Saturday, December 11, 2010

Retro Saturday





I want to share with you all a couple of bronze/copper urns that have been in Ron's family for a long time.




I can only surmise through 'family stories' that these urns were payment for work rendered by Ron's maternal grandfather back in the 1920's.




Grandfather Regan was a tailor in the town of Wolfville, Nova Scotia.  He had a very good reputation and worked for the 'prominent' people in the town.




It was said that he got these urns in lieu of payment for some work he had done.




Usually on urns/vases you can find some kind of 'identification' mark or signature. In the above photo of the first urn, all I could find was this 'face' which isn't on the second urn as you will see. I suspect this is the artist's 'stamp'/signature.



                  Urn number two......


We got these appraised a few years ago at a local 'Antiques Roadshow'. The appraisers thought they were very old but couldn't pin-point how old and where they came from.




I really like the detail.




The 'signature' (below) on this urn as far as I can tell is this 'bird'. It is the only 'bird' at the very base.




The bottoms are no longer intact but we have them. They need to be soldered back on.




As you can see, they have different design scenes and have something written on them on the left side. The 'characters' look identical, maybe this was the company that produced these?




Not being familiar with any of the Asian languages, I am uncertain if it is Japanese or Chinese. Only because of the art work depicted (bamboo and cranes), do I suspect that these urns are Japanese. But I cannot say for certain.




Maybe they were originally 'umbrella /cane' urns. Probably put by or near the front door. Then again, maybe not! Like most urns, they could have been for floral arrangements and the like.




Ron's Mom used them during Christmas and filled them with Pine boughs and Red-berried twigs......they made for a very effective and stunning seasonal display.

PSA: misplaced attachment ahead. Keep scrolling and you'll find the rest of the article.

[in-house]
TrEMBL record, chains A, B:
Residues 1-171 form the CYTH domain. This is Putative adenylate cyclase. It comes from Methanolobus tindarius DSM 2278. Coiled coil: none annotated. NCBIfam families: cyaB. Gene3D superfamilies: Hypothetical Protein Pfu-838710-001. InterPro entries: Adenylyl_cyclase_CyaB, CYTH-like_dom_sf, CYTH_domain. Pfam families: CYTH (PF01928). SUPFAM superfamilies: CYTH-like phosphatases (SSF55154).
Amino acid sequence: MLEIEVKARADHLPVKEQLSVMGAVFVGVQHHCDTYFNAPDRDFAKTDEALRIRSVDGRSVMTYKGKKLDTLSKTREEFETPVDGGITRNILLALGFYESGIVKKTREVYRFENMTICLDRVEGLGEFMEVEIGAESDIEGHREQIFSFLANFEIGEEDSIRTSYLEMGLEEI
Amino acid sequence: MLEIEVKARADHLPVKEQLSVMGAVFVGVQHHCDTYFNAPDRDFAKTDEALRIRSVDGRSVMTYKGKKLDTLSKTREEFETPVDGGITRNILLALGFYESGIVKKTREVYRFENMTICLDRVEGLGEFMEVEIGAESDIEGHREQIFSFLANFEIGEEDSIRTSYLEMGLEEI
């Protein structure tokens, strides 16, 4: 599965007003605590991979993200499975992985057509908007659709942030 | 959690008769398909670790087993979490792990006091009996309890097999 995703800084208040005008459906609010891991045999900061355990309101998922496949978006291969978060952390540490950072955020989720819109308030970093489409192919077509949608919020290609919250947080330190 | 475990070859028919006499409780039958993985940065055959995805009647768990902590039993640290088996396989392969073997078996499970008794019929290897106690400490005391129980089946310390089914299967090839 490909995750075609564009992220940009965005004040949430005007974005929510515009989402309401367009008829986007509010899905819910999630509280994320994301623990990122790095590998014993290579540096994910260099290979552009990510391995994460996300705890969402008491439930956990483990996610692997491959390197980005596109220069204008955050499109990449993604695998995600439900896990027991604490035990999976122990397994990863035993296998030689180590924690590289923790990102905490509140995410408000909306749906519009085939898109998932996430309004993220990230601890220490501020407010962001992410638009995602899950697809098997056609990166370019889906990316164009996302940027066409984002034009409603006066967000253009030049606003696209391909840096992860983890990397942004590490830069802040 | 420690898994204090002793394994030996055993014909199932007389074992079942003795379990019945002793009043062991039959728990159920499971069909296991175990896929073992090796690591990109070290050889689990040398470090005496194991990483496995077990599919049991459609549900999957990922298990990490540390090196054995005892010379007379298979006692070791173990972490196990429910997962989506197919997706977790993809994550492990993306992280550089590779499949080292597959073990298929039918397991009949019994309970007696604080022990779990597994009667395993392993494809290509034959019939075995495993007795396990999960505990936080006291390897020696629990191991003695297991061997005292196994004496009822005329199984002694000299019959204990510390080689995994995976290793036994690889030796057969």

They are heavy and stand approximately 18 inches tall.


We have always liked these and have them visible around the house. And since it is Christmas we will follow in Ron's Mom's tradition and fill them with Pine boughs.













16 comments:

  1. The detail is incredible. What a very cool story that goes with them. Treasures for sure. :)

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  2. I always love your retro Saturday posts! When the first picture came up, I said, "Oh, wow." These are beautiful urns!!! You will have to post a picture of them after you've filled them with pine boughs and berries.

    Liz

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  3. beautiful pictures
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  4. OH! How beautiful, having a hard time holding up my jaw! What wonderful things they are and how fortunate you guys are to have them!

    True treasures!!!

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  5. They are gorgeous urns. I hope you show them again after you fill them with Christmas decorations.--Inger

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  6. Wow, they are top banana. Wouldn't it be great to know more of the story behind them? That's the best bit about antiques.

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  7. They're stunning! And yes, they'd look wonderful with greenery and red holly berries. I hope you dress them up that way for Xmas!

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  8. They're fantastic. Isn't it nice to follow family traditions...xxx

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  9. be sure to post a follow up pic when you fill them with greens! They are absolutely gorgeous and I would venture to say Japanese although I have nothing to base that on. The detail is beautiful and intriguing...if urns could talk.

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  10. They are beautiful. I wish you could find out the whole story of their origin. Maybe someday : )

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  11. Way cool! I hope you post a photo with the pine boughs.

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  12. Oh, how beautiful! And, the family history makes them even more precious.

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Hey, I really like your comments and appreciate the time you took to do so.

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